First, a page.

One important element of this is to realize that your subject matter experts can’t tell you 70% of what they actually do, according to research. Because a characteristic of expertise is that it’s compiled away below conscious access, it takes work to figure out what experts really are doing. They do have access to all they’ve learned, so they can readily provide you with a large amount of information that they think is relevant, and believe it’s important for learners to have to hand. Which is where we get these information-heavy and decision-light courses that don’t lead to any meaningful improvement, but you must resist. There are exhaustive and some more heuristic approaches, but you have to resist what SMEs tell you has to be in the course, and dig into what really needs to be in your learning experience.

Having said that, I’m not really too fussed about the verb you use in an objective as long as it’s about ‘do’, not about ‘know’. And I really don’t like complex taxonomies (e.g. Bloom’s), I prefer a simple approach of ‘know A’ objectives, and ‘be able to do B’ objectives (there will be ‘know’ objectives, but they should only come in the context of a ‘do’ objective). You need to winnow down to the minimum, with as few objectives as possible that will accomplish the goal. And, as much as possible, put the information in the world, not in the head.

We should also determine how we’ll know if our intervention is successful. It should be an organizational performance gap that is demonstrated by an available metric. For sales, it could be about decreasing costs of sales or time to close, or increasing success rate. For operations, it might be reducing errors, increasing throughput, or increasing product options. For marketing, we should be increasing customer retention and/or satisfaction. Our successes should be business successes!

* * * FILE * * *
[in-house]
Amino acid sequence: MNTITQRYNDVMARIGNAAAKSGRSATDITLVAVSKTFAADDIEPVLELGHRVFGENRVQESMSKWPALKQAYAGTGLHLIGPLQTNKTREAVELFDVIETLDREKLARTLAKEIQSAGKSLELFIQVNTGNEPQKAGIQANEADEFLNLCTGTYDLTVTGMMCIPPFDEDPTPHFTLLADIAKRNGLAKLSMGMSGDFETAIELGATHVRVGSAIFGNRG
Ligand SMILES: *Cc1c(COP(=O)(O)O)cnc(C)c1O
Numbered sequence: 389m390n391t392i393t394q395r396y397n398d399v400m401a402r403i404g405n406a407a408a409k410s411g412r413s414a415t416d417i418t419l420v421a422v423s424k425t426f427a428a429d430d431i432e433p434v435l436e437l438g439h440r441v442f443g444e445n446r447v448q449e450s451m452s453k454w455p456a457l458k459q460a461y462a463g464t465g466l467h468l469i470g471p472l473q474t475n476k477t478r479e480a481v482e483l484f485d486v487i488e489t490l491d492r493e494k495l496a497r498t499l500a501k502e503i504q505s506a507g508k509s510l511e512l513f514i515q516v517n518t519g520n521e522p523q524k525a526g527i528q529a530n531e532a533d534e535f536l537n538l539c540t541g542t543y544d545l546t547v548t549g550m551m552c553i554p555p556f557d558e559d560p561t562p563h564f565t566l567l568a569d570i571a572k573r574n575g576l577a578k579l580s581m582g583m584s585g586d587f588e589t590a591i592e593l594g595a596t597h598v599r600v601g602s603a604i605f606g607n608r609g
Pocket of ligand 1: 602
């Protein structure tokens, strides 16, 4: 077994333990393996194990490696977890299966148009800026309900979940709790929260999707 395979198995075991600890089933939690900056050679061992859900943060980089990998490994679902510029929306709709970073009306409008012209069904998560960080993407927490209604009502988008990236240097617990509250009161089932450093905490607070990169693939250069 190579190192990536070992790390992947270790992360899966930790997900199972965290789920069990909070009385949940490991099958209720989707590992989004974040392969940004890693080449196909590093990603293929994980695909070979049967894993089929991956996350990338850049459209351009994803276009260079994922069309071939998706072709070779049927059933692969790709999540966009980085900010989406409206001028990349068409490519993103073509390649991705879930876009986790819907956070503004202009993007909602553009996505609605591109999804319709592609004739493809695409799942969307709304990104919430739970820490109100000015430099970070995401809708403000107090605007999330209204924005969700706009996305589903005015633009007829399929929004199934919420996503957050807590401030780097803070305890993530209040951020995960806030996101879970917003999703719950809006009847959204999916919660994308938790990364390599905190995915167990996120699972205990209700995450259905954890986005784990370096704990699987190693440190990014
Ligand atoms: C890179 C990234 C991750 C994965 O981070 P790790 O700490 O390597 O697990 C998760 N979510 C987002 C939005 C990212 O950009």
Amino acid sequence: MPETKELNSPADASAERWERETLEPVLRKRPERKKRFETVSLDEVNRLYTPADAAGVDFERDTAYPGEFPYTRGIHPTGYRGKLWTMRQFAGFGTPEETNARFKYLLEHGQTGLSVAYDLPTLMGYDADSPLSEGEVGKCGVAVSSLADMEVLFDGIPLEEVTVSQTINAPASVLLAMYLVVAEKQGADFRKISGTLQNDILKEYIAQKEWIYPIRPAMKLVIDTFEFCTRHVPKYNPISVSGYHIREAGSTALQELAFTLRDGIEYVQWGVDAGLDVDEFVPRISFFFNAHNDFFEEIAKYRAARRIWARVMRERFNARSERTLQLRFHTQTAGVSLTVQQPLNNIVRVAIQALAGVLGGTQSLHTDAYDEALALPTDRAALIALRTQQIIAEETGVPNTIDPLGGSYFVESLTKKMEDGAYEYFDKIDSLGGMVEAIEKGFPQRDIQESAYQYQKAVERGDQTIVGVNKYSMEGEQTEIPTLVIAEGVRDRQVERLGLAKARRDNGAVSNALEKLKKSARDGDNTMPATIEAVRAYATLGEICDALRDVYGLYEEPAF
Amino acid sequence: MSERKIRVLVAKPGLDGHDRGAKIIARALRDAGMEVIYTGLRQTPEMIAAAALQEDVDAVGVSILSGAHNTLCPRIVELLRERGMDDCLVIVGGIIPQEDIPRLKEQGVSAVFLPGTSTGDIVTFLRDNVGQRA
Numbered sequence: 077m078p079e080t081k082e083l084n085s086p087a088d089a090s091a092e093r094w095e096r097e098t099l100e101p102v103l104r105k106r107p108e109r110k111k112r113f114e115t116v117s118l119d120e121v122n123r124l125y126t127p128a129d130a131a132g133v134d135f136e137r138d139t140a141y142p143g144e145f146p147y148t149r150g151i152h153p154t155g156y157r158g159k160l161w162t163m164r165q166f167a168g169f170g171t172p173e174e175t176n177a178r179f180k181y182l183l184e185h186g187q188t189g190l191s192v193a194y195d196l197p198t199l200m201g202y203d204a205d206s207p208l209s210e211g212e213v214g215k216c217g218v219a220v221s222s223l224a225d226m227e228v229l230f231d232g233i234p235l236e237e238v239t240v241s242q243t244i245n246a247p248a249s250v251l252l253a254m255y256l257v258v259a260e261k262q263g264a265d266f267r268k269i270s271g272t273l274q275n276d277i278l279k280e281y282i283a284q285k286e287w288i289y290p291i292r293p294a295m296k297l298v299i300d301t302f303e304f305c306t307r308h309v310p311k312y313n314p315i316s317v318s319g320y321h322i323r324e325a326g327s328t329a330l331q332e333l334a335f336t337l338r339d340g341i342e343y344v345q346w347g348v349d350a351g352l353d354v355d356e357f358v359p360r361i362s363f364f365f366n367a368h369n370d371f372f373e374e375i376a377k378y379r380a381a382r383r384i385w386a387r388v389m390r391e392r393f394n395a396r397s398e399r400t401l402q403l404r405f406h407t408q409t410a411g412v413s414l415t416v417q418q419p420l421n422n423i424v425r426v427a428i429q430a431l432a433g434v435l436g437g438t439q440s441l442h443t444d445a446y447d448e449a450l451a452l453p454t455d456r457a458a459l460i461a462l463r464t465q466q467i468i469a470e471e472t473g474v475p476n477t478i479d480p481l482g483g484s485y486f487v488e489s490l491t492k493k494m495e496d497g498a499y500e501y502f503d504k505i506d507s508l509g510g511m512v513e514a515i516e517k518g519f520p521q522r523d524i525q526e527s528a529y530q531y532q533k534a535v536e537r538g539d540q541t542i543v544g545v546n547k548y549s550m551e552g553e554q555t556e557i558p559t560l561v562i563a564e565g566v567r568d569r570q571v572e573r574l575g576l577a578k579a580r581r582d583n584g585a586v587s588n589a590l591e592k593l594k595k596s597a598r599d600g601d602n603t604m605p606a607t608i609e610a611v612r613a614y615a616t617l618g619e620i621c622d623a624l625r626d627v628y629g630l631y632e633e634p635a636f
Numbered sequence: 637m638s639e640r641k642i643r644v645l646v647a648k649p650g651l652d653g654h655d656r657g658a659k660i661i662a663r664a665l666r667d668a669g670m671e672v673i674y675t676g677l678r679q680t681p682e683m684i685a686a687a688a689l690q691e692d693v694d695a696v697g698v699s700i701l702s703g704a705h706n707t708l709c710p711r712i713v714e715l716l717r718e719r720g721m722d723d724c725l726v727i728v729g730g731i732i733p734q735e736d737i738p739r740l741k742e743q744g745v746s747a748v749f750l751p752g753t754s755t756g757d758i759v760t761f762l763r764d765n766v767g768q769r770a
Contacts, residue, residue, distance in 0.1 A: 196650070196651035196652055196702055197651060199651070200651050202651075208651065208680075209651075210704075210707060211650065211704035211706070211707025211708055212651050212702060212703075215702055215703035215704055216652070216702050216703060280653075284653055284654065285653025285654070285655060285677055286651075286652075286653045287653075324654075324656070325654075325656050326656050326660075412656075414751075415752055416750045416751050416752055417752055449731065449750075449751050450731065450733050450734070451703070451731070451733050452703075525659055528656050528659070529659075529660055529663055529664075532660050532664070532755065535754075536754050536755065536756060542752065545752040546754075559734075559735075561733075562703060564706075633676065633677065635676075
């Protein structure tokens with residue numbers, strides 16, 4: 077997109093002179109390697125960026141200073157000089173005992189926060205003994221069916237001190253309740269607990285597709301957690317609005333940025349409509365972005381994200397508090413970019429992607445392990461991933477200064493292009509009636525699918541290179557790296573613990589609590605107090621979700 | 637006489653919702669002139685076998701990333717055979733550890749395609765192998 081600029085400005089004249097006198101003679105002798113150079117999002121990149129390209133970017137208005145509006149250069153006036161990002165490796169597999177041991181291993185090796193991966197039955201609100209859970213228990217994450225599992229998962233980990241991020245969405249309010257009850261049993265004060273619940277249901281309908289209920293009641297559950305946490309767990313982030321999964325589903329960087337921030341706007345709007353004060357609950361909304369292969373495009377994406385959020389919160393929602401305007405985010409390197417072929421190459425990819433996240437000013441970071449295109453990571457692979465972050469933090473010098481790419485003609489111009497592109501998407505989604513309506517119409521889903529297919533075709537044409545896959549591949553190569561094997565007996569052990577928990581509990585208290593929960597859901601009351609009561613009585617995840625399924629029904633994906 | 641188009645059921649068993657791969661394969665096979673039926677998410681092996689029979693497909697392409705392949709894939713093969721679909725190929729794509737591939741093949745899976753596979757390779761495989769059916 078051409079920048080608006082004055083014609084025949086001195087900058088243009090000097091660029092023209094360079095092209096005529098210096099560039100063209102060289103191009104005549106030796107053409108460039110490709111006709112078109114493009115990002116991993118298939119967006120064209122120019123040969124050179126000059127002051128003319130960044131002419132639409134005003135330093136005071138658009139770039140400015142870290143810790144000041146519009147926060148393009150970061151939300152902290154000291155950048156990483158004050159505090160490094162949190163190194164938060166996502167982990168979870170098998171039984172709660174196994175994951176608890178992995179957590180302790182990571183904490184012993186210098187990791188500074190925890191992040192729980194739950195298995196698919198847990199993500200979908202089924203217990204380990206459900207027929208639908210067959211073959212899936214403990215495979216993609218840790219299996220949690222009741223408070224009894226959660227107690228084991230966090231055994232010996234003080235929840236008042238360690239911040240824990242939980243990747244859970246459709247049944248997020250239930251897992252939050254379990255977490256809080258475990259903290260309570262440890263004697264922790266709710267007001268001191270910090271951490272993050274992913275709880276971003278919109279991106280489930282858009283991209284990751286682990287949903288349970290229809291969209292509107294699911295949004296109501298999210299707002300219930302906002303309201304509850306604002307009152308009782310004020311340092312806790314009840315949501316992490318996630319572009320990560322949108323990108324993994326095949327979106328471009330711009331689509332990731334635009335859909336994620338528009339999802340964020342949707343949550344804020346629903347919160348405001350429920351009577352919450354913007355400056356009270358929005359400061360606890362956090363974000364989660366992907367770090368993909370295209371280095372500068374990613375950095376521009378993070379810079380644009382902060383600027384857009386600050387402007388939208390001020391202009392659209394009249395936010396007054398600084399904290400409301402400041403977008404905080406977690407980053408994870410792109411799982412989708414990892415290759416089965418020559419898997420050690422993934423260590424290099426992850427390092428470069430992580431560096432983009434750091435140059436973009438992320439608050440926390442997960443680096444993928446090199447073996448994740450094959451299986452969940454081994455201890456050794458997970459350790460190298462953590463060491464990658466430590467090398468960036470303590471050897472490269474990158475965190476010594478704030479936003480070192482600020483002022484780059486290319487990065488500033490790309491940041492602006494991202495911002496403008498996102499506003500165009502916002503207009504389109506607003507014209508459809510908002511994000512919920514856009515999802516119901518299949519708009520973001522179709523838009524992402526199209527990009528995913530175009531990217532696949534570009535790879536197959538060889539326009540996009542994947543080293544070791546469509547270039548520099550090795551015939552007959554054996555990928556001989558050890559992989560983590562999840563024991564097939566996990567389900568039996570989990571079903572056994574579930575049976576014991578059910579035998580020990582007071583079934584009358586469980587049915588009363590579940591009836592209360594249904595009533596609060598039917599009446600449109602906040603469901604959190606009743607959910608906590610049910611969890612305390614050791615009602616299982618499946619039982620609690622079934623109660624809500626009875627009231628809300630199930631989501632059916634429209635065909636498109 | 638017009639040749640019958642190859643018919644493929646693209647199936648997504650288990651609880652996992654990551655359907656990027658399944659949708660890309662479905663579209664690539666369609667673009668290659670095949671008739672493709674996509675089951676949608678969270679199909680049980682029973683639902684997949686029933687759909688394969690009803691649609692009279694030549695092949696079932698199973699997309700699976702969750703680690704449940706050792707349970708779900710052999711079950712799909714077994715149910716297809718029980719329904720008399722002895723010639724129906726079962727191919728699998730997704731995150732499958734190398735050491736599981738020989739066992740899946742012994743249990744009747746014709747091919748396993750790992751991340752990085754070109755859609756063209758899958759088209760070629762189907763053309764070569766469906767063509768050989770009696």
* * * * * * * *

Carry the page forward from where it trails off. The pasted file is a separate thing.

Which frames our statement for a good objective. I’m quite happy with the traditional Mager-style objective of . So, it might be , or . The point is to make it measurable, per the discussion above.

Ultimately, the goal is to make sure that what you’re helping them to be able to do is what’s going to make a difference to the organization. Follow Kirkpatrick backwards from ‘business problem’ to ‘change in workplace behavior’ to ‘learning needed to accomplish that behavior’, and make sure that your learning objective is going to lead to new behaviors that will address the measure that’s lagging. From here, if you’ve a good objective about what they need to be able to do differently, we have a strong basis to create meaningful assessment of their ability, and consequently to design a learning experience that aligns with that desired outcome. With a clear goal, we can know how to get there. And that’s the goal of having a good objective, not just an objective.


Here are links to all six parts of the “Deeper eLearning Design” series:

1. Deeper eLearning Design: Part 1 – The Starting Point: Good Objectives
2. Deeper eLearning Design: Part 2 – Practice Makes Perfect
3. Deeper eLearning Design: Part 3 – Concepts
4. Deeper eLearning Design: Part 4 – Examples
5. Deeper eLearning Design: Part 5 – Emotion
6. Deeper eLearning Design: Part 6 – Putting It All Together


Written by Clark Quinn